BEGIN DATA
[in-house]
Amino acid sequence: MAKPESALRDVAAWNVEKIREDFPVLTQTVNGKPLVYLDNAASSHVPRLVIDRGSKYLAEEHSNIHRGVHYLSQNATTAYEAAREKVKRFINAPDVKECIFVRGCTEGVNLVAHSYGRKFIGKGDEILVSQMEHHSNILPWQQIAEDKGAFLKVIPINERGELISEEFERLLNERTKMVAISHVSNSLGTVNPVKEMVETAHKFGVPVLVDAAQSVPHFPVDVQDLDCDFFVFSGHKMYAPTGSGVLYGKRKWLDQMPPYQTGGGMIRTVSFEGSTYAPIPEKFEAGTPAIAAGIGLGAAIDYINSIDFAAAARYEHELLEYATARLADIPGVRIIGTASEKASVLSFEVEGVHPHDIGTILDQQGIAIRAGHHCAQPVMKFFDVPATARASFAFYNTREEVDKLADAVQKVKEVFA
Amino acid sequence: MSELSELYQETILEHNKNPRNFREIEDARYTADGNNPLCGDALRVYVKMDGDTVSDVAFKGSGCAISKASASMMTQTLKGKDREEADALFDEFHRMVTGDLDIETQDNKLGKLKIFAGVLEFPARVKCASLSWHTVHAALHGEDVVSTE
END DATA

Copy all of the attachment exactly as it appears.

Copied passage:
[in-house]
Amino acid sequence: MAKPESALRDVAAWNVEKIREDFPVLTQTVNGKPLVYLDNAASSHVPRLVIDRGSKYLAEEHSNIHRGVHYLSQNATTAYEAAREKVKRFINAPDVKECIFVRGCTEGVNLVAHSYGRKFIGKGDEILVSQMEHHSNILPWQQIAEDKGAFLKVIPINERGELISEEFERLLNERTKMVAISHVSNSLGTVNPVKEMVETAHKFGVPVLVDAAQSVPHFPVDVQDLDCDFFVFSGHKMYAPTGSGVLYGKRKWLDQMPPYQTGGGMIRTVSFEGSTYAPIPEKFEAGTPAIAAGIGLGAAIDYINSIDFAAAARYEHELLEYATARLADIPGVRIIGTASEKASVLSFEVEGVHPHDIGTILDQQGIAIRAGHHCAQPVMKFFDVPATARASFAFYNTREEVDKLADAVQKVKEVFA
Amino acid sequence: MSELSELYQETILEHNKNPRNFREIEDARYTADGNNPLCGDALRVYVKMDGDTVSDVAFKGSGCAISKASASMMTQTLKGKDREEADALFDEFHRMVTGDLDIETQDNKLGKLKIFAGVLEFPARVKCASLSWHTVHAALHGEDVVSTE